Tim Glynne-Jones

Jun 18, 2019, 8:00 AM

Futures for Women: The Next Episode

We always make sure to keep tabs on charities we have worked with, to learn how they are progressing and how our help has made a difference.

We recently heard from Jane Hampson, secretary at Futures For Women (FFW), with whom we’d worked at the turn of the year. FFW is a 160-year-old charity, which had diminished somewhat in its activities towards the end of the 20th century. They asked us to carry out an assessment of the charity’s relevance today and put forward proposals for its future. 

You can read the full case study here

Last week, we heard from FFW secretary Jane Hampson with news that two of our proposals – to explore opportunities to partner with other charities and to address the current need among women seeking employment and economic self-sufficiency – had been put into practice with encouraging results.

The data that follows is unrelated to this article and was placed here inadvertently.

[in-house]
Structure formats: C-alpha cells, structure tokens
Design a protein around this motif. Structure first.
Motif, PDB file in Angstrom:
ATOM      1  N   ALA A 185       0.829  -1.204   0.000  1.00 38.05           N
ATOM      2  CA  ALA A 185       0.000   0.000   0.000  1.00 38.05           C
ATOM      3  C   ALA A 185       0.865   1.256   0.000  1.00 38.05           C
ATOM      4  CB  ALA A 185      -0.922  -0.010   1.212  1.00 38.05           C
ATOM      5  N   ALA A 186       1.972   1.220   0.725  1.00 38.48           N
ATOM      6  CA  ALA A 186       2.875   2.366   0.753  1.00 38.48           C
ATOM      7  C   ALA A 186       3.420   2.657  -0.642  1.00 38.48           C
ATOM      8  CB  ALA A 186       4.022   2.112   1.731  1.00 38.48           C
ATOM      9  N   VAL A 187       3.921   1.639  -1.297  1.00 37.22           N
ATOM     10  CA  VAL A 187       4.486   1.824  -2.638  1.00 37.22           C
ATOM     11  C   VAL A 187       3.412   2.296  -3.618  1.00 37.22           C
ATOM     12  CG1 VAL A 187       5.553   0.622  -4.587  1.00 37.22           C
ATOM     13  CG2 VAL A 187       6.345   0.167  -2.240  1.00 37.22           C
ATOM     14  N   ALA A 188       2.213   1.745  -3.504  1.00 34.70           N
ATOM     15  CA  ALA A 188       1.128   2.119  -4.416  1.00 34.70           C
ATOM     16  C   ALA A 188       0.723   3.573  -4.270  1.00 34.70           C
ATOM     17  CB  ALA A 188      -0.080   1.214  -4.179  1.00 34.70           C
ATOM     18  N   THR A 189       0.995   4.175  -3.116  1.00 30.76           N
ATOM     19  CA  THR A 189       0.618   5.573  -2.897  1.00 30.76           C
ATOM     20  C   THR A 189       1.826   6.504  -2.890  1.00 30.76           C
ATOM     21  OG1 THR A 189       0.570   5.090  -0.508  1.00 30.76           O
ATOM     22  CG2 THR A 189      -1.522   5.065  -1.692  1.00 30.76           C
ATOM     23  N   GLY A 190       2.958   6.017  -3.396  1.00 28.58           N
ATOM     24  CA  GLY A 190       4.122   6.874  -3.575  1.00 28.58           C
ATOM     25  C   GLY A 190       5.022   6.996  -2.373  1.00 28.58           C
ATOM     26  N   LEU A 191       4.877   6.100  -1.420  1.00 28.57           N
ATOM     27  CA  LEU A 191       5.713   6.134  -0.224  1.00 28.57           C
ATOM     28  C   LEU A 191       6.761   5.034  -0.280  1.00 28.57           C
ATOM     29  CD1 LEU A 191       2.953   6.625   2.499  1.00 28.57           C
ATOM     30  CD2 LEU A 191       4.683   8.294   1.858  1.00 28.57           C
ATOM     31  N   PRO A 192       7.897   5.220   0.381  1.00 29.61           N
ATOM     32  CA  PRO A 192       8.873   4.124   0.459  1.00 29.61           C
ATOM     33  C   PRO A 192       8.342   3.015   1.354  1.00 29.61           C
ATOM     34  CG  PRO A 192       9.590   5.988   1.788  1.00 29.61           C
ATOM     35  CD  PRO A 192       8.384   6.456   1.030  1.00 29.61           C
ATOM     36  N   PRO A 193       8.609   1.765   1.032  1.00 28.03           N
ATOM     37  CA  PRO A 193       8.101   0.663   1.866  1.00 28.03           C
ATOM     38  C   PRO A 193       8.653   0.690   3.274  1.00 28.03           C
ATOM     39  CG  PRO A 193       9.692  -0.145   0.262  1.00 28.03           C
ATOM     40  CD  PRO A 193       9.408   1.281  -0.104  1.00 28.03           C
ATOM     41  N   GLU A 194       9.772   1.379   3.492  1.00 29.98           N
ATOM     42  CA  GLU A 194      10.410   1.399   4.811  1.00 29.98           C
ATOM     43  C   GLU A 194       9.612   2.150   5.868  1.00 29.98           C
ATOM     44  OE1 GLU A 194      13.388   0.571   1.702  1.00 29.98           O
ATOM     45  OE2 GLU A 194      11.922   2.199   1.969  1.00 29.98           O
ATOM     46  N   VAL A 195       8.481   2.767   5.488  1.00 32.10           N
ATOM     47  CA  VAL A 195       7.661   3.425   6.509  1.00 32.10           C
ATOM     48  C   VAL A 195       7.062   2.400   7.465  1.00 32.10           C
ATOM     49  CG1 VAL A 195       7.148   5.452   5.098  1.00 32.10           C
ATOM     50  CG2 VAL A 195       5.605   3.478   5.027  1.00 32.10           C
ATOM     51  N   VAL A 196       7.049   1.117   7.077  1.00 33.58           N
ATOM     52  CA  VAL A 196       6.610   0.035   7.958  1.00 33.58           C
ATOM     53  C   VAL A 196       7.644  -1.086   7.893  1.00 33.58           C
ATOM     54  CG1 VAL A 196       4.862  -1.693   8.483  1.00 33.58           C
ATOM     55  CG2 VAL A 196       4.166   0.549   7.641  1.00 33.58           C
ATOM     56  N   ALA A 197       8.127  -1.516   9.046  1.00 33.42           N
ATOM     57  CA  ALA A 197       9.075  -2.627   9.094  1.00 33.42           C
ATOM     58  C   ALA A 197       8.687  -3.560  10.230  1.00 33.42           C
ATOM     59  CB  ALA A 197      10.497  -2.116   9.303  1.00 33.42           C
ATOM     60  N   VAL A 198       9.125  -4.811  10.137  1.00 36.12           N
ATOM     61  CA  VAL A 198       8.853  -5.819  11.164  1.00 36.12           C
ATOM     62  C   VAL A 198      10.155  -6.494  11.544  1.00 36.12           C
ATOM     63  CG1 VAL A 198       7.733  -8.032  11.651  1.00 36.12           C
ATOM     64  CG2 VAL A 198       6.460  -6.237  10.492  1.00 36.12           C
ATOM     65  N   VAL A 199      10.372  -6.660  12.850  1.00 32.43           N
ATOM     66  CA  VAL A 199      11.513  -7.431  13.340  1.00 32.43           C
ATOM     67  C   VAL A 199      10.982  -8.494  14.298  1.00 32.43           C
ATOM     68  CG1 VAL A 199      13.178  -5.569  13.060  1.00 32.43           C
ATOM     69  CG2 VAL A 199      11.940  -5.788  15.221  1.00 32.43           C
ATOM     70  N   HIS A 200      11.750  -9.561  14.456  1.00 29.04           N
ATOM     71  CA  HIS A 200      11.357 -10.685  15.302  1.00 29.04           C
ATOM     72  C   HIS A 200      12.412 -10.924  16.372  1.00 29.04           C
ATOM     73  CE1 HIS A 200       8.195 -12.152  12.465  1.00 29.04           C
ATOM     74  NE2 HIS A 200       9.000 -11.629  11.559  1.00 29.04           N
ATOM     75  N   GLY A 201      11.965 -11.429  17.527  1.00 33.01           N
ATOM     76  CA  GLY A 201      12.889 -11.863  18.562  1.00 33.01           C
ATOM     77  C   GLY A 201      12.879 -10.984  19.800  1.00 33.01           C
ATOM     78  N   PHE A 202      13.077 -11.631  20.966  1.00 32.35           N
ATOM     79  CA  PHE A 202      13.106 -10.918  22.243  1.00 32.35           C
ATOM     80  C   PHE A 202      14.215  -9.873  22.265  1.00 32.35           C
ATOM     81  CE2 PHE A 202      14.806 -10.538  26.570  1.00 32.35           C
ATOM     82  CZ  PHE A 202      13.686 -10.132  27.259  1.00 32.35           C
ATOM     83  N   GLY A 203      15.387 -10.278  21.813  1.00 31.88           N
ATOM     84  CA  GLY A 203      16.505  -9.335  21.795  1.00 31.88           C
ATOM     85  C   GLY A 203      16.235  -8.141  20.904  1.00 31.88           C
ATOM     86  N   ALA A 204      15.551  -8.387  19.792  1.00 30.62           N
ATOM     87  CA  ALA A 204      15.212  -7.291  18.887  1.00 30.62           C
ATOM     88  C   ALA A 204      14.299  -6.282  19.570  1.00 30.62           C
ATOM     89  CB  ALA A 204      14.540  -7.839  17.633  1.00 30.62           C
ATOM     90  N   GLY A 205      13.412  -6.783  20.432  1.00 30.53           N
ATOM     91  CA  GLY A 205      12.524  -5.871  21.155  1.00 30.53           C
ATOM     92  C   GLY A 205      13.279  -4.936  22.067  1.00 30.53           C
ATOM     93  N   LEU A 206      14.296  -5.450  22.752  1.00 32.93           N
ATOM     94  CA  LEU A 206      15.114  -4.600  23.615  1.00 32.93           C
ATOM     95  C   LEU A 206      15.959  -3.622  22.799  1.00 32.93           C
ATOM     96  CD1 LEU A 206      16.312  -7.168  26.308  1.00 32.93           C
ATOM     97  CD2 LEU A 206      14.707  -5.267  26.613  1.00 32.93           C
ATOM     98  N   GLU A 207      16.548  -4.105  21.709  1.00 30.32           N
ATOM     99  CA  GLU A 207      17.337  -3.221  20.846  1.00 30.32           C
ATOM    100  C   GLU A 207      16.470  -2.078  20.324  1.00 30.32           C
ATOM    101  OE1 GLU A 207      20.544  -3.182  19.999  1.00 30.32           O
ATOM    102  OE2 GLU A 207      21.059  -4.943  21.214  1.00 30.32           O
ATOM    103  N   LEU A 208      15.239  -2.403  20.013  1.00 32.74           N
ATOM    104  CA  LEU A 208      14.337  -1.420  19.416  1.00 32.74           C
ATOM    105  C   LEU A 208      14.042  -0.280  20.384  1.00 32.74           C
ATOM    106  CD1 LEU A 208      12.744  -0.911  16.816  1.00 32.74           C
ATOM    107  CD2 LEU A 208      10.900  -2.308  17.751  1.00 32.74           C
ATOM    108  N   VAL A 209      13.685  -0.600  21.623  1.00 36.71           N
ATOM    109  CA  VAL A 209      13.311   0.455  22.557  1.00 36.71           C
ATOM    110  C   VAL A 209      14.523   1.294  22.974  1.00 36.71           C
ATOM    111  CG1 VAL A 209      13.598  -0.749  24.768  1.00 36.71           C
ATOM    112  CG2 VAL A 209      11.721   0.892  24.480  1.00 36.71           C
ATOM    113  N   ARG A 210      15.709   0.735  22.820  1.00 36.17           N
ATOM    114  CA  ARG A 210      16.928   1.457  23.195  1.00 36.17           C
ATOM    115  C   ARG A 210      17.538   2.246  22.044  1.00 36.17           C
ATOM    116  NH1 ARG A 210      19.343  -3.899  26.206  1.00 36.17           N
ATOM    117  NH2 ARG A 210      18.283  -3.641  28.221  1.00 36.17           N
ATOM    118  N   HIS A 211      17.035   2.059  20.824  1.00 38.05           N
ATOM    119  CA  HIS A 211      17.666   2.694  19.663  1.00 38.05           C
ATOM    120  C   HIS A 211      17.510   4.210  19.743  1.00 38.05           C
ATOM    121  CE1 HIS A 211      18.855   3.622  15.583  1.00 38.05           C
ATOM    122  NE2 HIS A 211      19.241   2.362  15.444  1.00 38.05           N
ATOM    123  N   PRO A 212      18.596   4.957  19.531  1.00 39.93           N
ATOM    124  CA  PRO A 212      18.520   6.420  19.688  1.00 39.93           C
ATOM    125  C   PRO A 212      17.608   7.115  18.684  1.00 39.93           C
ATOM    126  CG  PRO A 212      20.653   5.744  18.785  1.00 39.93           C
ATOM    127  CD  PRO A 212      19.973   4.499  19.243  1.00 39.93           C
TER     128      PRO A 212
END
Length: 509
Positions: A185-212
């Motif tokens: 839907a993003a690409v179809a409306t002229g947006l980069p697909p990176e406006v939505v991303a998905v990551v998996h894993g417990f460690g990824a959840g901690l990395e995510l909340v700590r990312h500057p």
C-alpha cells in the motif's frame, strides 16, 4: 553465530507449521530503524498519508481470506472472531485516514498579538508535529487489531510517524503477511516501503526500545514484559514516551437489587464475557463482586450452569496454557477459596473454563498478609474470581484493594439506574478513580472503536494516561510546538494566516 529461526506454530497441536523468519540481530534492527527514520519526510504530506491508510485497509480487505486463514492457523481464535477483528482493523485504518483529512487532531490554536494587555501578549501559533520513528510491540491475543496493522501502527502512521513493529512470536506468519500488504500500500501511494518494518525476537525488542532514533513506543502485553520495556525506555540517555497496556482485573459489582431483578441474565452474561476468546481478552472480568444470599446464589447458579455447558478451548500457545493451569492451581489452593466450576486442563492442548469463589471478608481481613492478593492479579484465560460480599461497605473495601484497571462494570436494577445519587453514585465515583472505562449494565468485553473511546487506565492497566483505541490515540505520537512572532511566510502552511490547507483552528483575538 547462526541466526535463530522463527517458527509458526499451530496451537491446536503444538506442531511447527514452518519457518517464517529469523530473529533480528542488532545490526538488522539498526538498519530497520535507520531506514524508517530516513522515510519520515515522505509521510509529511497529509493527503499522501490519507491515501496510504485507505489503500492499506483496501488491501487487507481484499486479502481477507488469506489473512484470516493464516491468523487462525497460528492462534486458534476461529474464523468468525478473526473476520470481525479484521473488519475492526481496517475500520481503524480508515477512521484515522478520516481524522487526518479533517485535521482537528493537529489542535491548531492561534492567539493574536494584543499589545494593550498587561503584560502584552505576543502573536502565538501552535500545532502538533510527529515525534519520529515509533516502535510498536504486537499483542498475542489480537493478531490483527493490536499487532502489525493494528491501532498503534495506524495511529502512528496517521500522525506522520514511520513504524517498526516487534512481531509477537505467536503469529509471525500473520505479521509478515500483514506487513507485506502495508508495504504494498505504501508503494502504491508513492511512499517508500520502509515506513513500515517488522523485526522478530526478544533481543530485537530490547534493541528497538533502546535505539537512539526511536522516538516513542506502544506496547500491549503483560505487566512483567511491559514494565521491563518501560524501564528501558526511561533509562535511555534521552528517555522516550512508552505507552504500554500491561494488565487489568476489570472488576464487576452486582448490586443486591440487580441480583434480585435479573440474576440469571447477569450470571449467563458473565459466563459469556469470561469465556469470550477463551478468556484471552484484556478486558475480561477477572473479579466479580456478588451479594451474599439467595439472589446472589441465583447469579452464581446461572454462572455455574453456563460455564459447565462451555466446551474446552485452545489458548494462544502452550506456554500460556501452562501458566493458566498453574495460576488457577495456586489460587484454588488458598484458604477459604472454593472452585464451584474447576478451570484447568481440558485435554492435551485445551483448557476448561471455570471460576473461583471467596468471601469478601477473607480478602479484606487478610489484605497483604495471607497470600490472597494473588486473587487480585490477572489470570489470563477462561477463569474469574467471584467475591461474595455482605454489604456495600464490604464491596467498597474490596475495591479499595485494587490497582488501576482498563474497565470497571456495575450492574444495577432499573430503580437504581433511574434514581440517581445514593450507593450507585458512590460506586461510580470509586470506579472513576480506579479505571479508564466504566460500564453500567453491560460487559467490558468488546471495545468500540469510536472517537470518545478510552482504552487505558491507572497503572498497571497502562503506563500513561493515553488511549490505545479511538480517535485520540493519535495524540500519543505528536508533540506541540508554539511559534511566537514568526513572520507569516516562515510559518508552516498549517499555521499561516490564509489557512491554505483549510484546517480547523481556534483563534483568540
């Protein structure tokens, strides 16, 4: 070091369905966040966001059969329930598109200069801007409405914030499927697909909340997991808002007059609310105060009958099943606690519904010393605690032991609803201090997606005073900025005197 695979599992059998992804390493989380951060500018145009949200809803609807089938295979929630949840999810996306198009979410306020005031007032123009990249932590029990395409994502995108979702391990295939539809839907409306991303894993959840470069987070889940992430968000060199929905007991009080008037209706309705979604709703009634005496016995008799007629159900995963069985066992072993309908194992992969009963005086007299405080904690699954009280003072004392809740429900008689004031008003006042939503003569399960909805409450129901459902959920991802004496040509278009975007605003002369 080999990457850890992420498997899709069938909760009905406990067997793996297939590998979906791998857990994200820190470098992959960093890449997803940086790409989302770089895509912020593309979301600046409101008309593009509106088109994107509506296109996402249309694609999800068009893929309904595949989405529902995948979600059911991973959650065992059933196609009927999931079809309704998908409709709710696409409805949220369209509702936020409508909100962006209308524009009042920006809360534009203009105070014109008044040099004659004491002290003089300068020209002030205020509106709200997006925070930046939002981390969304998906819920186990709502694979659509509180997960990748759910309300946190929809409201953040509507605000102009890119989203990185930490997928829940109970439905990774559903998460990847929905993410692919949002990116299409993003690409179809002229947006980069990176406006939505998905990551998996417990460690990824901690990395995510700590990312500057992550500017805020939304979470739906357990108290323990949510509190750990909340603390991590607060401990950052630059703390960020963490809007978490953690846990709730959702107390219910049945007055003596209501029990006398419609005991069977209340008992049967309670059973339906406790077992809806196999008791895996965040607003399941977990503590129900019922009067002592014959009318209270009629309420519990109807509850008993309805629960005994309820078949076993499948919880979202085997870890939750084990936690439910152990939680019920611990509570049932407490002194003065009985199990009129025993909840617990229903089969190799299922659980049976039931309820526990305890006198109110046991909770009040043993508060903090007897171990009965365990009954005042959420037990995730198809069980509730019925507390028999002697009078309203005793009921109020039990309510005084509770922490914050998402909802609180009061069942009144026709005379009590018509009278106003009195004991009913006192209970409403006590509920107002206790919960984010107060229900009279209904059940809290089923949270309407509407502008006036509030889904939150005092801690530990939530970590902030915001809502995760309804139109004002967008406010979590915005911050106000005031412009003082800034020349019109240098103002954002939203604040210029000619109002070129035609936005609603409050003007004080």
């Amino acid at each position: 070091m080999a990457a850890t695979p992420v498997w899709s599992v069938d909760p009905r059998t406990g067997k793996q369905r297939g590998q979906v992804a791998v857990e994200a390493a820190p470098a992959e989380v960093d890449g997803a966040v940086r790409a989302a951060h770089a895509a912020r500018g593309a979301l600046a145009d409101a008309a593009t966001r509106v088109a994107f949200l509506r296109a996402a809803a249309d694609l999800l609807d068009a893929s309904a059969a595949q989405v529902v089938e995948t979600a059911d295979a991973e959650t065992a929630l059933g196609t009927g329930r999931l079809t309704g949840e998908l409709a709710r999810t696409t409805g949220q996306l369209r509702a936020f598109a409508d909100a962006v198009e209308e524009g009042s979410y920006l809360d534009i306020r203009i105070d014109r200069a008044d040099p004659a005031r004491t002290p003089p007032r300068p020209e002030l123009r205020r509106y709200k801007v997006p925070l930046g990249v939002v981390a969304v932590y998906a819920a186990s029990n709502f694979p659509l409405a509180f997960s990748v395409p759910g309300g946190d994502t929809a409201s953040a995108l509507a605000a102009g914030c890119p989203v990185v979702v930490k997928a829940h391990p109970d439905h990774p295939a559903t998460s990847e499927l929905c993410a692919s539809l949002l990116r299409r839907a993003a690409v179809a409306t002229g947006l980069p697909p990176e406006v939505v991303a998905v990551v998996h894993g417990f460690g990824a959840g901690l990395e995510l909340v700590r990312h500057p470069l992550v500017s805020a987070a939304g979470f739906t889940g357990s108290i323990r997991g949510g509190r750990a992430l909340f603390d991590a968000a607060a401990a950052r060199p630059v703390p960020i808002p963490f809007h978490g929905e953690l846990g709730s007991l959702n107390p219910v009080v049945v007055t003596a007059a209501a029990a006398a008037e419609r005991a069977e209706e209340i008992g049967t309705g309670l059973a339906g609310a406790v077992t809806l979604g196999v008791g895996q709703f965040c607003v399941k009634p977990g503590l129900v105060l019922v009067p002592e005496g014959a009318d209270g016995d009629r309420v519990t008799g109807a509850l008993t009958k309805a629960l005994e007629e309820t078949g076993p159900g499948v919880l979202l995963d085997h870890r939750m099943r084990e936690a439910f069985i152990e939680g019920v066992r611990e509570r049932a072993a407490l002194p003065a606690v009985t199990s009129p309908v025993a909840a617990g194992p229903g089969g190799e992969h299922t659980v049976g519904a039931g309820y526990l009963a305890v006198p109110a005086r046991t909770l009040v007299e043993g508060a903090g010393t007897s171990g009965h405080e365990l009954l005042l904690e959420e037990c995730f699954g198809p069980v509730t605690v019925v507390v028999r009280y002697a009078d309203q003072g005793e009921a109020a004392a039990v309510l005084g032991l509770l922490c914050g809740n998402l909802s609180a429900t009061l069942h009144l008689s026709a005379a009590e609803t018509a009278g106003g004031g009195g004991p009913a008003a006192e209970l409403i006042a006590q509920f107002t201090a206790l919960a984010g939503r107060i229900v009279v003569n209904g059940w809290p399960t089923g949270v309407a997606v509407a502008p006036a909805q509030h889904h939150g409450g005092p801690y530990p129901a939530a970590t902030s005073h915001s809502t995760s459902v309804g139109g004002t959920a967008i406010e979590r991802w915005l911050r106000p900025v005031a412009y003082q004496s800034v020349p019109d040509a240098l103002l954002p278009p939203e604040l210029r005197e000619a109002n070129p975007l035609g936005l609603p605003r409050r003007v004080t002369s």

FFW is working with three other women’s charities: the Sharan Project, which provides support and advice to vulnerable women, particularly of South Asian origin, who have been or are at risk of being disowned due to abuse or persecution; Breaking the Silence, which aims to raise awareness surrounding the untold impact of domestic violence and abuse; and Smart Works, which helps women back into work.

All four charities are working together to support disadvantaged women and to help them achieve fulfilled working lives. At FFW’s recent AGM, representatives from the three partner charities came along to update FFW members on the employability programme that is being part-funded by FFW.

The photo shows (left to right) Polly Harrar (Sharan Project), Rosie Parr and Jane Hampson (Futures for Women), Francesca McDowell (Breaking the Silence) and Ann Powell (Smart Works).

Rob John | AP Associates | Insights

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